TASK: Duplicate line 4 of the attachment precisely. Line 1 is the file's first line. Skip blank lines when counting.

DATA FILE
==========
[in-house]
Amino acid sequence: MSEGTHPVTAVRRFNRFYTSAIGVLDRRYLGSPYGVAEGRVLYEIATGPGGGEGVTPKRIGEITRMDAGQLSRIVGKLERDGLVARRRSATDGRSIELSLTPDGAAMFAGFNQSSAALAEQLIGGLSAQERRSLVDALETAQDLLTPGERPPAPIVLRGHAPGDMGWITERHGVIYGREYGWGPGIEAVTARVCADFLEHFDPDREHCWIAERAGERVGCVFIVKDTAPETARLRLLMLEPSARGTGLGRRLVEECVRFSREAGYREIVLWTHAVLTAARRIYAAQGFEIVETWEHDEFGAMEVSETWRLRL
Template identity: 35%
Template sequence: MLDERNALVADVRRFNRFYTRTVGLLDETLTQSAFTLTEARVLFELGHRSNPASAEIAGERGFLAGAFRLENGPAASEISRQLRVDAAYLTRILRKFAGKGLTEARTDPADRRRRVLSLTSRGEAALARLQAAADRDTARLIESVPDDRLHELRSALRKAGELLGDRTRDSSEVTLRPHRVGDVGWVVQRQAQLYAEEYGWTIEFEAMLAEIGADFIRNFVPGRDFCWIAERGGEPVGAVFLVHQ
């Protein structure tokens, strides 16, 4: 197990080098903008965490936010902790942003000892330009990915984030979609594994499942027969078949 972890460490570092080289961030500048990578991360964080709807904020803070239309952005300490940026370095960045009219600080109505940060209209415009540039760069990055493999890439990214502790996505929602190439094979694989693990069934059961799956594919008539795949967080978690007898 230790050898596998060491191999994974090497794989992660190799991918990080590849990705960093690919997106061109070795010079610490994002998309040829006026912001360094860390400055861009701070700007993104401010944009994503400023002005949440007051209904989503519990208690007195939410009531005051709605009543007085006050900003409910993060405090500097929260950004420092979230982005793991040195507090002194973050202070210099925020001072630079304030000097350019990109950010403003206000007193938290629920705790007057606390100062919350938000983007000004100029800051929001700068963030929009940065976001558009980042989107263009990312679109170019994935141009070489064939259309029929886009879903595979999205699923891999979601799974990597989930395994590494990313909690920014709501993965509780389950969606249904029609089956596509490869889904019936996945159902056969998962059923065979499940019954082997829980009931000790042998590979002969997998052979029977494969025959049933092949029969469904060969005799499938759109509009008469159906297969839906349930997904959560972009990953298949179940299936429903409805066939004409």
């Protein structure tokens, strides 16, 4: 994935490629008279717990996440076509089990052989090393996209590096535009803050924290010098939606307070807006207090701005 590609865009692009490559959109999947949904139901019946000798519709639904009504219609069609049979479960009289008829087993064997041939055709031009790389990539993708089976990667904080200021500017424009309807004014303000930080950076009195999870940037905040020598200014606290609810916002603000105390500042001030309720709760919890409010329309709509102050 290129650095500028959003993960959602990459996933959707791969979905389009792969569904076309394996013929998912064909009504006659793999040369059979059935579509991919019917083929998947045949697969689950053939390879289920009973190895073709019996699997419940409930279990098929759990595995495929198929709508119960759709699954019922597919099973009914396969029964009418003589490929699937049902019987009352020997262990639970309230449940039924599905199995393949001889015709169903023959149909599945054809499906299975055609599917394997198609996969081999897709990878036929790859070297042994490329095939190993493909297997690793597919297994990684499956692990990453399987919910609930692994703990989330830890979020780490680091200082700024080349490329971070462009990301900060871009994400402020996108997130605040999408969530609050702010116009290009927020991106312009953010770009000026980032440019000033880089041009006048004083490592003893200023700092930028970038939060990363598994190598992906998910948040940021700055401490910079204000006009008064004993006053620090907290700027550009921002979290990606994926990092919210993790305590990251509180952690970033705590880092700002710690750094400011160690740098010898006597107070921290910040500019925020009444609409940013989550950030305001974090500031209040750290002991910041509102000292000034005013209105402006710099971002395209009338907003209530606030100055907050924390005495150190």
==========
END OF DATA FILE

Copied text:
Template sequence: MLDERNALVADVRRFNRFYTRTVGLLDETLTQSAFTLTEARVLFELGHRSNPASAEIAGERGFLAGAFRLENGPAASEISRQLRVDAAYLTRILRKFAGKGLTEARTDPADRRRRVLSLTSRGEAALARLQAAADRDTARLIESVPDDRLHELRSALRKAGELLGDRTRDSSEVTLRPHRVGDVGWVVQRQAQLYAEEYGWTIEFEAMLAEIGADFIRNFVPGRDFCWIAERGGEPVGAVFLVHQ